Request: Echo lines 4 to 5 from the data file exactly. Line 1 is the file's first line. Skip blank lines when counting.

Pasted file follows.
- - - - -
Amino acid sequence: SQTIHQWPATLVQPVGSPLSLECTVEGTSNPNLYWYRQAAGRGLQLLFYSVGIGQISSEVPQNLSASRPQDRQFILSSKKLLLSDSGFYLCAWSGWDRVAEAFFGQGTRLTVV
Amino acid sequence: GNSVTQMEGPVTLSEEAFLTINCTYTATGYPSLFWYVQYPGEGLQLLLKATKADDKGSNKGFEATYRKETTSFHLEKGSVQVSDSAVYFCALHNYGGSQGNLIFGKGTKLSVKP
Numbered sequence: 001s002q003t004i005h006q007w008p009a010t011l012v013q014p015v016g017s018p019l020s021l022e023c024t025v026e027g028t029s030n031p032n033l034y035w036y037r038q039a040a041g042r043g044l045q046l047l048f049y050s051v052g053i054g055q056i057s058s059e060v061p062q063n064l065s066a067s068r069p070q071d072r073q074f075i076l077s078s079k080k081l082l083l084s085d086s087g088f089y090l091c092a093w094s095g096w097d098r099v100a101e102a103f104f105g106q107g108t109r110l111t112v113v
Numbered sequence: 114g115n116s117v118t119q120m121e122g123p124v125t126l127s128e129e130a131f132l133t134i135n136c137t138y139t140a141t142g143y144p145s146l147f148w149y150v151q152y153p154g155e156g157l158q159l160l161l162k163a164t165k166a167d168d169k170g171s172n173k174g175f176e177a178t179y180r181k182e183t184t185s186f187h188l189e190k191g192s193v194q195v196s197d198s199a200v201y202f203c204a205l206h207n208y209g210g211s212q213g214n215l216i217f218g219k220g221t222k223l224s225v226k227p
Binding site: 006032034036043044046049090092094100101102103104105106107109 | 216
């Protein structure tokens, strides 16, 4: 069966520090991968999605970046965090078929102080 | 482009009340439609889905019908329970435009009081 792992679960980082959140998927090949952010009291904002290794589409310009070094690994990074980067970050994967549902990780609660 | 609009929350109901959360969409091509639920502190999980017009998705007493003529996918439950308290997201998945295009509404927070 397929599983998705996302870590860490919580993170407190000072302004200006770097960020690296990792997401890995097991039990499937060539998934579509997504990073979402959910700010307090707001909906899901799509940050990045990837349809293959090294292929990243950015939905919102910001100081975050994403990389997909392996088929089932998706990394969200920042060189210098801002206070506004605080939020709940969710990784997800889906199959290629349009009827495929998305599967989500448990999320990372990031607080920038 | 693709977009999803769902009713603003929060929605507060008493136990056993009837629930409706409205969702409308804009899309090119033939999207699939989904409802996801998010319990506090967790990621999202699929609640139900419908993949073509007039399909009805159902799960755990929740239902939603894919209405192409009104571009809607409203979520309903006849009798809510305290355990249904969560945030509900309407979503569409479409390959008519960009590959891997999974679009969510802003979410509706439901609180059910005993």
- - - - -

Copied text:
Numbered sequence: 114g115n116s117v118t119q120m121e122g123p124v125t126l127s128e129e130a131f132l133t134i135n136c137t138y139t140a141t142g143y144p145s146l147f148w149y150v151q152y153p154g155e156g157l158q159l160l161l162k163a164t165k166a167d168d169k170g171s172n173k174g175f176e177a178t179y180r181k182e183t184t185s186f187h188l189e190k191g192s193v194q195v196s197d198s199a200v201y202f203c204a205l206h207n208y209g210g211s212q213g214n215l216i217f218g219k220g221t222k223l224s225v226k227p
Binding site: 006032034036043044046049090092094100101102103104105106107109 | 216